Welcome guests with flower beds that complement your home. Flower beds are a lovely way to showcase seasonal colors and textures. With creative flower bed ideas and a well-planned design, you can have year-round interest all around your home, from the front yard to the back yard and in between.
This guide will provide you with inspiration for colorful, simple flower bed ideas that will boost the curb appeal of your home and add joy to your landscape.
How to Choose the Best Flowers for Your Garden
The key to choosing the best blooms for your garden is to know your site and know your light before you shop. Light conditions range from full sun to partial shade and full shade.
Selecting the best flowers for your garden will depend on choosing the right plants for the growing conditions and purpose of your flower bed.
What are the light conditions of the area where you plan to plant your flowers? Plants are labeled with the best light conditions in order to thrive. You will need to purchase plants that match the light conditions of the flower bed. Light conditions are listed on plants as:
- Full sun: prefers six or more hours of direct sunshine a day
- Partial shade: can thrive in three to six hours of daily sunshine
- Shade: does well with less than three hours of sun per day
You will need to take into consideration the plant’s size when fully mature– both its diameter and height. Many new gardeners get excited and pack in their flower beds with their favorite plants only to see the plants get crowded out when they grow. The label on the plant will list the height and width of the mature plant, along with recommended spacing.
Best advice is to follow the planting guidelines, even though the bed will look sparse when the bed is first planted. Flowers need space to grow in order to thrive, and good air flow will prevent pest and disease problems.
When to Plant
Garden centers will have plenty of brightly colored flowers well before last frost date in spring. These plants were grown in a temperature-controlled greenhouse environment. Do not plant until the last frost date for your area. Learn more in Frost Date Calendar.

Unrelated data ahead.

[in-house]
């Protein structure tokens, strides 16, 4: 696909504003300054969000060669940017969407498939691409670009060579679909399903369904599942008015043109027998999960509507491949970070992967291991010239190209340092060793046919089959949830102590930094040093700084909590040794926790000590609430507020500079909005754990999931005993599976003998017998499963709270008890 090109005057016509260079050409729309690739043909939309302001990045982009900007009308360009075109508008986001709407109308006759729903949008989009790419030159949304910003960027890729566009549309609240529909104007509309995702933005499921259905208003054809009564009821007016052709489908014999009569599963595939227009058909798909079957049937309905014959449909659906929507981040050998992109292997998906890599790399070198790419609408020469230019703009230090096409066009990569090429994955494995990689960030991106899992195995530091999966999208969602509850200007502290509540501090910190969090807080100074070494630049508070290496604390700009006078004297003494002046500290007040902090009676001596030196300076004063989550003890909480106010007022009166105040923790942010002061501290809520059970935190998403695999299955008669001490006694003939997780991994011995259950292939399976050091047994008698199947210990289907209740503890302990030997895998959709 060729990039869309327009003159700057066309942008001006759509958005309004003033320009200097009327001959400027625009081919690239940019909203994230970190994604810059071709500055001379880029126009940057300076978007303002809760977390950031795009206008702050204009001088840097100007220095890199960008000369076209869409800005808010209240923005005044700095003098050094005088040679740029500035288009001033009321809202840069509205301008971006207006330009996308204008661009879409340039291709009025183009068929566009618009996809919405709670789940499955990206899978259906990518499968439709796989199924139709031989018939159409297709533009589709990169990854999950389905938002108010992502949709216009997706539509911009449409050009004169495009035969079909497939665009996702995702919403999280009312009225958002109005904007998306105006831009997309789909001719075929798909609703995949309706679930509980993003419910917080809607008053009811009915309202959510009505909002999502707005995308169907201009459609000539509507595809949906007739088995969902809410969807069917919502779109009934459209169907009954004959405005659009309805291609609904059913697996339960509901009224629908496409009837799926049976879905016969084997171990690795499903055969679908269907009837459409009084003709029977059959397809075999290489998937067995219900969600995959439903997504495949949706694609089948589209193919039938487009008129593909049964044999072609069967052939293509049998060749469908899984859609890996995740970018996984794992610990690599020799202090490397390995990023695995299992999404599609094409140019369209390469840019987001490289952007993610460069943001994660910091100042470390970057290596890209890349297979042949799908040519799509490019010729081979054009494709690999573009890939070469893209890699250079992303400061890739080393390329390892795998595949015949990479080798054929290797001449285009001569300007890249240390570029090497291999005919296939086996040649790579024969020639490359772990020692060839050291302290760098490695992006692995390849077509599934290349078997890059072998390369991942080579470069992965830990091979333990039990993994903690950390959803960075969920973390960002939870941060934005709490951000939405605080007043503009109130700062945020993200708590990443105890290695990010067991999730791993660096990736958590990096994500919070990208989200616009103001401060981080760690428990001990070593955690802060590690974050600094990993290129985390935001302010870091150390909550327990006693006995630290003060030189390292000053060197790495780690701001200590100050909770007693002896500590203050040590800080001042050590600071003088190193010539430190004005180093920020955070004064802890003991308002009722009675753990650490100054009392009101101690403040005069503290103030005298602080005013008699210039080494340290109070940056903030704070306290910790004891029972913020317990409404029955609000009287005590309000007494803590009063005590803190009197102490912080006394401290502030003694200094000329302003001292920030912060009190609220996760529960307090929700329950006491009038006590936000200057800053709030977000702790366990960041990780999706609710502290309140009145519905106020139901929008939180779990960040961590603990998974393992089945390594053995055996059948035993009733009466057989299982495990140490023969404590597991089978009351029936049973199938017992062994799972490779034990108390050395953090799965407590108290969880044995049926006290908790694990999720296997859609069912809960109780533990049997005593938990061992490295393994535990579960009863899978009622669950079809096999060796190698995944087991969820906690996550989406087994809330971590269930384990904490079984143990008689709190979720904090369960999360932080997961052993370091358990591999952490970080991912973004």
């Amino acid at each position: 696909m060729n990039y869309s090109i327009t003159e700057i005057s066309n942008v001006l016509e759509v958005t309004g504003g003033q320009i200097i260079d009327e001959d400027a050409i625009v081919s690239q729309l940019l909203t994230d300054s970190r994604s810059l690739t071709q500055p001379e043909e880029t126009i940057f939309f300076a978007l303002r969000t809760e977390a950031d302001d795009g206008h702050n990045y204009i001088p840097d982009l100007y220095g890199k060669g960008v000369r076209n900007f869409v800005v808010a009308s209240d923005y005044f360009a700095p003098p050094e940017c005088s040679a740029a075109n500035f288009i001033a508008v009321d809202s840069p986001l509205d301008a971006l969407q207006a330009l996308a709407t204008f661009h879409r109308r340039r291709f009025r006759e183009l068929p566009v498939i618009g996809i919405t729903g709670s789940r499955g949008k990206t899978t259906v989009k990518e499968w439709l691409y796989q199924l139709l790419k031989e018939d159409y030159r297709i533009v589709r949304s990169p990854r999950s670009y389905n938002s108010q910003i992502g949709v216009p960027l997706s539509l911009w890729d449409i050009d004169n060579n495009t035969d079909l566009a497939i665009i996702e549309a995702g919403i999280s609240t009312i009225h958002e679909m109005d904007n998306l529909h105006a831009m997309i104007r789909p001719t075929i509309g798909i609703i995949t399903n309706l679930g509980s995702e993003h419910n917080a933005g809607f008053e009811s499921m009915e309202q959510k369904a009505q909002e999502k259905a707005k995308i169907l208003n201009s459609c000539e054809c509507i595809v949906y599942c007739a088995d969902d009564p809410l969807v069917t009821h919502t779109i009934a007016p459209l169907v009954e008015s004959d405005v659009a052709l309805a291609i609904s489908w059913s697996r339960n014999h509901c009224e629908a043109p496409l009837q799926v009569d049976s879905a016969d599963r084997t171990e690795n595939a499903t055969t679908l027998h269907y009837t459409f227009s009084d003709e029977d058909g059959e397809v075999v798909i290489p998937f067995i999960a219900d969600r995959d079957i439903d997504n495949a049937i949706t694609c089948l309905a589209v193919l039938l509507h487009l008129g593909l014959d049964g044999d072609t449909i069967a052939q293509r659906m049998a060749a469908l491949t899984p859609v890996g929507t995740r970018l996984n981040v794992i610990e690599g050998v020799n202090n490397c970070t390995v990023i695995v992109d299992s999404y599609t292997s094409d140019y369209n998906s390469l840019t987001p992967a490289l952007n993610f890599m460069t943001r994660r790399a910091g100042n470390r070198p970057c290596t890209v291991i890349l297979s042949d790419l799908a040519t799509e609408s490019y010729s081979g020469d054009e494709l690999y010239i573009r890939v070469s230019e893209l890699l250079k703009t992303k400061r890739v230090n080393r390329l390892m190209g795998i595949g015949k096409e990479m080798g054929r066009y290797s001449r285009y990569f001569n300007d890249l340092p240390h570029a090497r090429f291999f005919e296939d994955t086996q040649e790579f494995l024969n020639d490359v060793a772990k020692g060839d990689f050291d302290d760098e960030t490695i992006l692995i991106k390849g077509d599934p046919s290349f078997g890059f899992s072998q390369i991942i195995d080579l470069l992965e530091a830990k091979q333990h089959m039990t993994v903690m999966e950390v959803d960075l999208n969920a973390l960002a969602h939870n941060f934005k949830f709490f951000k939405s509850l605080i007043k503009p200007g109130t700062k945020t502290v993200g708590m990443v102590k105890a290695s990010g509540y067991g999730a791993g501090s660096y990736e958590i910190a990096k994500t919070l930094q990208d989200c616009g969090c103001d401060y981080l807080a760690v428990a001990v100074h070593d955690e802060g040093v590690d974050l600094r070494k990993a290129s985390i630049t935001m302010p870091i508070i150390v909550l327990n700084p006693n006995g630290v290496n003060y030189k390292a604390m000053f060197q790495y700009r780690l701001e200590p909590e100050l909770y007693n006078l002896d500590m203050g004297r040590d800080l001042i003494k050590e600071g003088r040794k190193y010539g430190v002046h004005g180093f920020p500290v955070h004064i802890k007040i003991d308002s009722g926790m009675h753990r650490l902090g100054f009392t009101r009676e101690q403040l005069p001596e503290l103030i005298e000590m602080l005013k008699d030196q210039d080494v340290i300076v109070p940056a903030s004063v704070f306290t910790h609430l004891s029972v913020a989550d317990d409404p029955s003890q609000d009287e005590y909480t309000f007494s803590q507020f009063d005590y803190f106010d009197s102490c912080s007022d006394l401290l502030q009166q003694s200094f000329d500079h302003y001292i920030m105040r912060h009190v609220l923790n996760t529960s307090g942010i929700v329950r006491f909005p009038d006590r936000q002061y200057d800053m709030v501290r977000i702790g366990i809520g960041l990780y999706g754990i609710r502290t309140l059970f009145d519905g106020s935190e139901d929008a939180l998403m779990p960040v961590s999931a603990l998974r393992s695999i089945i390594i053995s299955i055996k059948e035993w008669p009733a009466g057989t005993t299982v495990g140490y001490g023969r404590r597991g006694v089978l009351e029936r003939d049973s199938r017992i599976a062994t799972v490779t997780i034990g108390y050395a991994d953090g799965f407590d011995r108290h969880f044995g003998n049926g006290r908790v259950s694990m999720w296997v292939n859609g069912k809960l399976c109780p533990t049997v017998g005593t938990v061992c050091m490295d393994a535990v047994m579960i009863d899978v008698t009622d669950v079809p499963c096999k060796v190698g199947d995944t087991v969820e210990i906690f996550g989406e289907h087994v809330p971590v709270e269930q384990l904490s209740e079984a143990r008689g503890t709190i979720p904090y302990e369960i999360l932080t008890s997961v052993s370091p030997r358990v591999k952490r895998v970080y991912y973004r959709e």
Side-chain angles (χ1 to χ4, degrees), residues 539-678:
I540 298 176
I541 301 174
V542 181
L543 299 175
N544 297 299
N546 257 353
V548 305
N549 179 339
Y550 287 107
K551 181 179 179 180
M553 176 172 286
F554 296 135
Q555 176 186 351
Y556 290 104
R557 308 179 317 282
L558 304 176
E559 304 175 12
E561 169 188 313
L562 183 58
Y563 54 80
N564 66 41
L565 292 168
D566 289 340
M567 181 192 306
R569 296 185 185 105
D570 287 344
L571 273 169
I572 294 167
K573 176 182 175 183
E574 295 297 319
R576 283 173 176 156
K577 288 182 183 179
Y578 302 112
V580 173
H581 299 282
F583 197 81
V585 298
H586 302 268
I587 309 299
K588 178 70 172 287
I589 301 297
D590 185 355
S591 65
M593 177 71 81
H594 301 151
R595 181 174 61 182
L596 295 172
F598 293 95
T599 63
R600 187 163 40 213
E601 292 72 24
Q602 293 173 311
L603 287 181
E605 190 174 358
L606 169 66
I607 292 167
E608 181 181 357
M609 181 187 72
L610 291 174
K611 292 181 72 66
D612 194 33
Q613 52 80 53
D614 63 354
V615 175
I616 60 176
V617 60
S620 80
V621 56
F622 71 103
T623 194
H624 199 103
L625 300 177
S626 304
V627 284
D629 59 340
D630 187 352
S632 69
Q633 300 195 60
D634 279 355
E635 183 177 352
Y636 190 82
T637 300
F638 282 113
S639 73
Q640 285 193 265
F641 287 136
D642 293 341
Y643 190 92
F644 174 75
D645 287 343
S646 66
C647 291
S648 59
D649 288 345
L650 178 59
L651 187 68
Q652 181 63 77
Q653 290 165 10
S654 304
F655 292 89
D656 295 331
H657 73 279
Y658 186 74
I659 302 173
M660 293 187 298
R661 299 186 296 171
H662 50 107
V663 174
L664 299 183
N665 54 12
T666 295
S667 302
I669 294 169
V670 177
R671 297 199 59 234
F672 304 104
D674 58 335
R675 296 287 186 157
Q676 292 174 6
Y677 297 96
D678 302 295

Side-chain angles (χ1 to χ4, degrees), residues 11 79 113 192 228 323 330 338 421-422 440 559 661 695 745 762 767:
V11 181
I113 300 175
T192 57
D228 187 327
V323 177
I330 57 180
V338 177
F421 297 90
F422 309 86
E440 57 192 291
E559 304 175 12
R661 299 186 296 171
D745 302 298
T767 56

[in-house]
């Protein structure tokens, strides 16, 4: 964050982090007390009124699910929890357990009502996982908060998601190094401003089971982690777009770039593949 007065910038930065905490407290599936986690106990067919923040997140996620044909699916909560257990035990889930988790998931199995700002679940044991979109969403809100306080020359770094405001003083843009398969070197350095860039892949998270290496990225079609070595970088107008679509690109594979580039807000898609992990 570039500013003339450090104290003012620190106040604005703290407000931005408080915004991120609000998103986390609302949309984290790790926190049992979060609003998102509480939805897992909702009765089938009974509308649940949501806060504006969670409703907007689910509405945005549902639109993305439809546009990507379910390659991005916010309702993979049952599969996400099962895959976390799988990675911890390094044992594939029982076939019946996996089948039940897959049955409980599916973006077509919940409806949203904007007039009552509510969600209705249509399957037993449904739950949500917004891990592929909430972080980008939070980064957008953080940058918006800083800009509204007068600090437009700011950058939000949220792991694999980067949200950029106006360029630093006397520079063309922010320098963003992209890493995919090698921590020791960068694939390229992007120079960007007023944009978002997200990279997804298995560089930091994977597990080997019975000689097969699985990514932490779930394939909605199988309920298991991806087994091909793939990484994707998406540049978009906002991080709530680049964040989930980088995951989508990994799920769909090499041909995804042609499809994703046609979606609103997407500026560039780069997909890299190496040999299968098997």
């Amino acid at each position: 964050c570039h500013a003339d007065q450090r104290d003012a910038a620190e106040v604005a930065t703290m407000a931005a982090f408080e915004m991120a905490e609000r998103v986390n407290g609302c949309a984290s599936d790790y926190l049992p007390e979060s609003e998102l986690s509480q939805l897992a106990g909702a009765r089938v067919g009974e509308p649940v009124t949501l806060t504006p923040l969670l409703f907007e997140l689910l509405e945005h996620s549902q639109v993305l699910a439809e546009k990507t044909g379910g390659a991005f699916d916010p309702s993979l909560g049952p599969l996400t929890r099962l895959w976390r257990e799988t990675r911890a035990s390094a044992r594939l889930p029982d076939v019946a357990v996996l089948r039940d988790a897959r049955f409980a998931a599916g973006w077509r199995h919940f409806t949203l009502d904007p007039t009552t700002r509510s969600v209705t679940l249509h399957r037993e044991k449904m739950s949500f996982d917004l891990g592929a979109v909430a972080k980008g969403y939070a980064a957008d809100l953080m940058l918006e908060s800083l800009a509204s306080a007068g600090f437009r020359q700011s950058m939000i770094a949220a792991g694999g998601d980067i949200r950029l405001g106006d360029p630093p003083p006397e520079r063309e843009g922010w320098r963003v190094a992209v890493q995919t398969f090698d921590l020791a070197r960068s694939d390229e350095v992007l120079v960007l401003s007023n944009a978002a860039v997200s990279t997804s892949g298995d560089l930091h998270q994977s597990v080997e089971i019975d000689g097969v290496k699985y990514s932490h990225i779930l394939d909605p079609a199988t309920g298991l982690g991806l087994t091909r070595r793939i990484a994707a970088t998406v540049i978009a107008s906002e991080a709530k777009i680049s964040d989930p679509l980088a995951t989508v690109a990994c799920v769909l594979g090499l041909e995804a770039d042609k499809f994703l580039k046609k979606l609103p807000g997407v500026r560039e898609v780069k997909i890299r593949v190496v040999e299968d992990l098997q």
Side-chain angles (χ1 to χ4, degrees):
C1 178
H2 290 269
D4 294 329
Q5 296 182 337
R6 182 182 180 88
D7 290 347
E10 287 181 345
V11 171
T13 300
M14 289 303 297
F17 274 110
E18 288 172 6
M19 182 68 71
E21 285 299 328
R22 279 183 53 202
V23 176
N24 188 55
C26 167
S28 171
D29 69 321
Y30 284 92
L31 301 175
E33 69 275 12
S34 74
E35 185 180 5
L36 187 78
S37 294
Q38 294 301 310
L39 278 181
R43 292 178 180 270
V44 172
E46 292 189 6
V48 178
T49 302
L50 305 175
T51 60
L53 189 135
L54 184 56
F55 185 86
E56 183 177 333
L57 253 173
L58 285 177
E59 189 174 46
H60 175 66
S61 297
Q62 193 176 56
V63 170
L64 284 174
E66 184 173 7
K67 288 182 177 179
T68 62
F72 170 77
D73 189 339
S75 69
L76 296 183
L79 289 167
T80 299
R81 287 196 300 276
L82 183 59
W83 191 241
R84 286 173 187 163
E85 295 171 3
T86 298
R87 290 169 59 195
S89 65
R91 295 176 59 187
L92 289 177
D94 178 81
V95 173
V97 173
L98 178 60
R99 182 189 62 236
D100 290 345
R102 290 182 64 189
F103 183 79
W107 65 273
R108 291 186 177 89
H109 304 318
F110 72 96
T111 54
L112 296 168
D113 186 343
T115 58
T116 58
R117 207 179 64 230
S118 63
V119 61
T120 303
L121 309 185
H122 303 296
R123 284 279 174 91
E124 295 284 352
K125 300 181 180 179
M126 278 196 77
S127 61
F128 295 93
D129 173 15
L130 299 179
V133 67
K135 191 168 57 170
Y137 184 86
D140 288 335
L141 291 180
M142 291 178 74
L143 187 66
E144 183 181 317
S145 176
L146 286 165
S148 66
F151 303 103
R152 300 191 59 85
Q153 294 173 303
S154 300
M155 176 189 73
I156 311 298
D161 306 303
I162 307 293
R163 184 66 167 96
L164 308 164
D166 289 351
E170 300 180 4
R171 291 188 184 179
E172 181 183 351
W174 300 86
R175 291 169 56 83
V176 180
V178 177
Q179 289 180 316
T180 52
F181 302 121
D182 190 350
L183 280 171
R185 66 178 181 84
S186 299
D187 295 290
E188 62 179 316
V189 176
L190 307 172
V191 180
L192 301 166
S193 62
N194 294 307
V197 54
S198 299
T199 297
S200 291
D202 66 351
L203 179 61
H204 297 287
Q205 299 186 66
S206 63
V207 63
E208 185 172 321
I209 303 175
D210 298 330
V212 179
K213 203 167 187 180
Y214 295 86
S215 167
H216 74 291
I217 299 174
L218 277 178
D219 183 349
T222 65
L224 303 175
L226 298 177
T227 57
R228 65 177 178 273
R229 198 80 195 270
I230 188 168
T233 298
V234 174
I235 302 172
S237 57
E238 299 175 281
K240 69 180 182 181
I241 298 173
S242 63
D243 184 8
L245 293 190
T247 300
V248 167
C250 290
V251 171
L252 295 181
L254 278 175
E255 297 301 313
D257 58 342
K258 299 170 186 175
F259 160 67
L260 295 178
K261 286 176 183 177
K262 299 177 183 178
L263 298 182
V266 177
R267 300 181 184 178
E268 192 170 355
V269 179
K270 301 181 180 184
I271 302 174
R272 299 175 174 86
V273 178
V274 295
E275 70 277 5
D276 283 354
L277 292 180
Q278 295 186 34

Most summer blooming plants will not survive a late spring frost. If you want early color, select early spring flowers such as pansies and primrose. Spring blooming bulbs typically need to be planted in the fall. However, you can find blooming bulbs to put in your garden in the spring for instant color.
Tip: Choose organic for your garden. Start with good quality soil for a healthy organic garden.
Keep the Color Scheme Simple
With so many beautiful blooms in rich, gorgeous colors, the temptation is great to bring home all your favorite flowers in all your favorite colors, but your flower bed will have more appeal if you choose a simple color palette and stick to it. Pick a few flower colors to highlight for a clean, vibrant effect. It can be as simple as yellow and purple, in fact, that's the best advice for selecting colors: look to the color wheel.
The same color wheel that helps you narrow down paint choices for your home can also help you create a color palette for your flower beds. The key is to remember that complementary colors blend well together, ex. purple and yellow, red and green, blue and orange. They're opposites on the color wheel and best friends when planted together in the garden.
Line a Walkway
Plant flowers on either side of your front walkway. Show your hospitality with a trail of blooms that will lead visitors to your front door.
To keep a walkway looking inviting through most of the year, use a foundation of perennials and interplant with spring and summer bulbs and colorful types of annuals. For example, start with hostas that will emerge in spring and last up until first frost. Plant with annual pansies in spring and fall, and layer in daffodils and crocus to emerge in early spring. In summer, fill in with annuals like impatiens and vinca. If you have room, a small daylily variety like Stella d'oro will bring color on hot summer days.
Plant a Perennial Bed
Keep blooms going year after year with perennials. Perennial flowers and plants typically cost more per plant than annuals, but they offer beauty and growth for years. In addition to perennials flowers like coneflowers, black-eyed Susans and daylilies, plant perennial herbs, ornamental grasses and flowering shrubs for added height and texture. You can pop in annual flowers for extra color in-between bloom time.
Spacing is very important when working with perennials. Pay attention to the mature size noted on the plant tag. Always plant taller perennials in the back of the bed, and smaller plants in front. Some perennials, like hostas, will need to be divided every few years. Learn more about Dividing Perennials.
Use Native Plants
Native plants are simply the plants that grow and thrive in your local area. These are the plants that can handle the extremes of your climate, from sizzling hot summers to rain-soaked autumns to bone-chilling winters.